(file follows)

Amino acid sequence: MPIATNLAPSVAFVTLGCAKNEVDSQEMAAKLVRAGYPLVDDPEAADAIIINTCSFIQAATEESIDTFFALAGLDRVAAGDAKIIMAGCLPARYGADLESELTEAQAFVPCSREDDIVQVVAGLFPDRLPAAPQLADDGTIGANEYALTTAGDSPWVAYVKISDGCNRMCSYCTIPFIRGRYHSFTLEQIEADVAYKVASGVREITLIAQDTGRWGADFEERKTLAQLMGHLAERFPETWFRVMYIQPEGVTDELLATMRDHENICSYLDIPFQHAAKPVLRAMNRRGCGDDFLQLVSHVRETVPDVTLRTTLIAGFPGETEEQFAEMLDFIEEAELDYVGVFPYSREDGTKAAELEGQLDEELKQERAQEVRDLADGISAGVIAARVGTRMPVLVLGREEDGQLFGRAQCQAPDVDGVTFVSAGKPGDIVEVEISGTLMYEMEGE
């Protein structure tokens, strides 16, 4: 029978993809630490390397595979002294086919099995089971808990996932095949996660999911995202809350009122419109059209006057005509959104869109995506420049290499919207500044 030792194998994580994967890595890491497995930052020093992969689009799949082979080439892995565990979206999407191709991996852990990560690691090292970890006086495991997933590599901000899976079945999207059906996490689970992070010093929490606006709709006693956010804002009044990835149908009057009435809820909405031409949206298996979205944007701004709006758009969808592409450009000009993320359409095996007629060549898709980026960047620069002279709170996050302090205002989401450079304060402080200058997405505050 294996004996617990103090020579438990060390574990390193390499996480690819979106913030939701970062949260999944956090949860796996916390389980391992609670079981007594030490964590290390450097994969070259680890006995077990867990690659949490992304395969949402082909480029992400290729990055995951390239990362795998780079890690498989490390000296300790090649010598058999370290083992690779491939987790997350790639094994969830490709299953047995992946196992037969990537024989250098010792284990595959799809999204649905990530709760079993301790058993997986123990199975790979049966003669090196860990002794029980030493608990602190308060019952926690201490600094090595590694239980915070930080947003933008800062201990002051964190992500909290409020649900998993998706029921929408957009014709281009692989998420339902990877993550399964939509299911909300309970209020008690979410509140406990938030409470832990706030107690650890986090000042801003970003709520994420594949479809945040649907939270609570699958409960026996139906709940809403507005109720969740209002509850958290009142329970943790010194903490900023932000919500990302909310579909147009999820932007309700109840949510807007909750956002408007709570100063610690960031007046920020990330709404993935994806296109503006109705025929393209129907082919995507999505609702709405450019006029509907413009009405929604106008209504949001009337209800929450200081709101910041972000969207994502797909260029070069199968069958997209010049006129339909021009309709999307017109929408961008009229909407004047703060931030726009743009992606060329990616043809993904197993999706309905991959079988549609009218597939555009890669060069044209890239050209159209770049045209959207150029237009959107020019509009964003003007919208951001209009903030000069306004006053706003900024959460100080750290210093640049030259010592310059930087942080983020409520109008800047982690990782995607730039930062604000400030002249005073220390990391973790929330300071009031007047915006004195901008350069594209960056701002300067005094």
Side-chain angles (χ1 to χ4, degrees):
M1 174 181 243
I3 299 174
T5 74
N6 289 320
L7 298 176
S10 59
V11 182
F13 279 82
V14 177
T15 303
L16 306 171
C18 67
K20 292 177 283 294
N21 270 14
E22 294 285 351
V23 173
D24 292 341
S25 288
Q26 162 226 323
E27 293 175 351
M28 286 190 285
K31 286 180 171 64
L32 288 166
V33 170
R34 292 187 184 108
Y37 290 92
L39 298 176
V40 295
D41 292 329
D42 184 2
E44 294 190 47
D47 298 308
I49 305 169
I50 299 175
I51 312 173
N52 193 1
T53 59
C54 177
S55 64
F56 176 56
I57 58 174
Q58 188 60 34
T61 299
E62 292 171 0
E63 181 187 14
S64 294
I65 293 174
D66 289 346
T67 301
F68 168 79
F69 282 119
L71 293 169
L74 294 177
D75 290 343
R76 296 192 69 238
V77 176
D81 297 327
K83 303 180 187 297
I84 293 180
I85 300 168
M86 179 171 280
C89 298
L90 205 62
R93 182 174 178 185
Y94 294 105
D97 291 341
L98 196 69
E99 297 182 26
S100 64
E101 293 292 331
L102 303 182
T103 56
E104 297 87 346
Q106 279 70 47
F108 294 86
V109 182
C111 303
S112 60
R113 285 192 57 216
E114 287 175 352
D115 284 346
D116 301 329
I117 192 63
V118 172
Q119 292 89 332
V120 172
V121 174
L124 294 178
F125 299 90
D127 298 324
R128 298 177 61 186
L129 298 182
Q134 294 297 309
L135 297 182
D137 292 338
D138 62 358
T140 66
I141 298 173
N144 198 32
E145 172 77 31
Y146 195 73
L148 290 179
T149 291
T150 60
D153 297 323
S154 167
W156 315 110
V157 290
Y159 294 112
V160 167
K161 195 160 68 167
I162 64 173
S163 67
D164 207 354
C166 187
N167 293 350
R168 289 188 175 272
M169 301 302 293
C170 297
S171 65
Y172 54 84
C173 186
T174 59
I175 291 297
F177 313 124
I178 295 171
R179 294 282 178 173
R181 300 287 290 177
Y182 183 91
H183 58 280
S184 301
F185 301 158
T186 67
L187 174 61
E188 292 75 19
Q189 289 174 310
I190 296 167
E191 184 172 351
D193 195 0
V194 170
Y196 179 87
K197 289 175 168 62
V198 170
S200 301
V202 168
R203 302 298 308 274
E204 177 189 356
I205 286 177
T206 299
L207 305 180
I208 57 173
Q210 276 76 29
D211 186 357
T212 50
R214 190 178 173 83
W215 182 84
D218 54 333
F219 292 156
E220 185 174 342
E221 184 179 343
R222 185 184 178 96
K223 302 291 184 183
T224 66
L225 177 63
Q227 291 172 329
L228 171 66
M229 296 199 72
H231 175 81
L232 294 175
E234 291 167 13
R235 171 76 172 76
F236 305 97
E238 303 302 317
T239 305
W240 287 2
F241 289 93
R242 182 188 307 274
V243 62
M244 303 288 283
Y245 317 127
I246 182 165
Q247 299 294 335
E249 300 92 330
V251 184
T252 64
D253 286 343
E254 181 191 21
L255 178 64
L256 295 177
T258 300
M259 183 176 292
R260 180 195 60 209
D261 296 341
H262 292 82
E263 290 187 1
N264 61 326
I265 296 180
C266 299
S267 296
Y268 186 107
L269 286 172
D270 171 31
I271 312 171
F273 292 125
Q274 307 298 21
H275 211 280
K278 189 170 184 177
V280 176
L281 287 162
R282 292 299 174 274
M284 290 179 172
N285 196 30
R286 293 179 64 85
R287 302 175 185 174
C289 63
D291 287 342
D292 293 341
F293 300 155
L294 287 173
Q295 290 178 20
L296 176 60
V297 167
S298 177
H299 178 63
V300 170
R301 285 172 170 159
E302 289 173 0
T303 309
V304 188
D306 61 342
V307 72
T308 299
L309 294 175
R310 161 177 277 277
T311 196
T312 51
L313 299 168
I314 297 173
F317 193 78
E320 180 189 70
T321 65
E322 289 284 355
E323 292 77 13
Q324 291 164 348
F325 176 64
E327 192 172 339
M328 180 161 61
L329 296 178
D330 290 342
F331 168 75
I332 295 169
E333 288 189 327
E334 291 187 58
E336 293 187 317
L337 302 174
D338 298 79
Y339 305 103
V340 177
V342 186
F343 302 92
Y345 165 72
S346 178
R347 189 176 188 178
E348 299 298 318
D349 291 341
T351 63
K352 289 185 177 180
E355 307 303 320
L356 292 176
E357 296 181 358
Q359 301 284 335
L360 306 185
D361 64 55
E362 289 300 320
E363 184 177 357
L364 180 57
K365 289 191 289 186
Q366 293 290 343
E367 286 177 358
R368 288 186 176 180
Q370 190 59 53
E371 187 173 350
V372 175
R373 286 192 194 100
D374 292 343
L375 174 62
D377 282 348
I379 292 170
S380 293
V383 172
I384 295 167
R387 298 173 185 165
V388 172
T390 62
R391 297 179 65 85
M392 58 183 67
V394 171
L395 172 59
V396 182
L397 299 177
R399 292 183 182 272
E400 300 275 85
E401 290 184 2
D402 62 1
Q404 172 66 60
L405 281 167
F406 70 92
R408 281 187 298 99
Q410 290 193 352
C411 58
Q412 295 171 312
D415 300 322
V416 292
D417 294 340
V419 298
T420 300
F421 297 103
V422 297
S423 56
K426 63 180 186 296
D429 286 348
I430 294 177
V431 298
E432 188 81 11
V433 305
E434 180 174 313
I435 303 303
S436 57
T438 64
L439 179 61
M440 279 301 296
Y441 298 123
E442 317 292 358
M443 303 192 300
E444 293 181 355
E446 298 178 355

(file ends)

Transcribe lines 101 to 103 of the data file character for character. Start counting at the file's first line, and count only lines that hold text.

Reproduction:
I141 298 173
N144 198 32
E145 172 77 31